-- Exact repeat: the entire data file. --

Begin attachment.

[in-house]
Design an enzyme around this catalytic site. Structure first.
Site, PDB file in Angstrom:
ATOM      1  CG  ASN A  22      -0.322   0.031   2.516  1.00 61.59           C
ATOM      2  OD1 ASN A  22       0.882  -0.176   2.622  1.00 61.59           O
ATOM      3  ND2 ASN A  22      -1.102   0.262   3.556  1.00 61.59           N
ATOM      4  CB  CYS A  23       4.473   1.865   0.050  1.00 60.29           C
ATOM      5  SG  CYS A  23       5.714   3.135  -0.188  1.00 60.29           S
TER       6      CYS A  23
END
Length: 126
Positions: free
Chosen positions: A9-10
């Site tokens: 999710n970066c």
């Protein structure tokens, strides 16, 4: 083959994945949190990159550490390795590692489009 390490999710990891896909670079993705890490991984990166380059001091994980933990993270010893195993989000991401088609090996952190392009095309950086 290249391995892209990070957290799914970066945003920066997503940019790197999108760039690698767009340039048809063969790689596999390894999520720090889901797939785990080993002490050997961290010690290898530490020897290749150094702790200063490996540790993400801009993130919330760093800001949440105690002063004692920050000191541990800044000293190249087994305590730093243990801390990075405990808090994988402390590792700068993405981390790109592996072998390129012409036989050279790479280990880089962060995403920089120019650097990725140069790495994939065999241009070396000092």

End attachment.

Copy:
[in-house]
Design an enzyme around this catalytic site. Structure first.
Site, PDB file in Angstrom:
ATOM      1  CG  ASN A  22      -0.322   0.031   2.516  1.00 61.59           C
ATOM      2  OD1 ASN A  22       0.882  -0.176   2.622  1.00 61.59           O
ATOM      3  ND2 ASN A  22      -1.102   0.262   3.556  1.00 61.59           N
ATOM      4  CB  CYS A  23       4.473   1.865   0.050  1.00 60.29           C
ATOM      5  SG  CYS A  23       5.714   3.135  -0.188  1.00 60.29           S
TER       6      CYS A  23
END
Length: 126
Positions: free
Chosen positions: A9-10
């Site tokens: 999710n970066c």
């Protein structure tokens, strides 16, 4: 083959994945949190990159550490390795590692489009 390490999710990891896909670079993705890490991984990166380059001091994980933990993270010893195993989000991401088609090996952190392009095309950086 290249391995892209990070957290799914970066945003920066997503940019790197999108760039690698767009340039048809063969790689596999390894999520720090889901797939785990080993002490050997961290010690290898530490020897290749150094702790200063490996540790993400801009993130919330760093800001949440105690002063004692920050000191541990800044000293190249087994305590730093243990801390990075405990808090994988402390590792700068993405981390790109592996072998390129012409036989050279790479280990880089962060995403920089120019650097990725140069790495994939065999241009070396000092």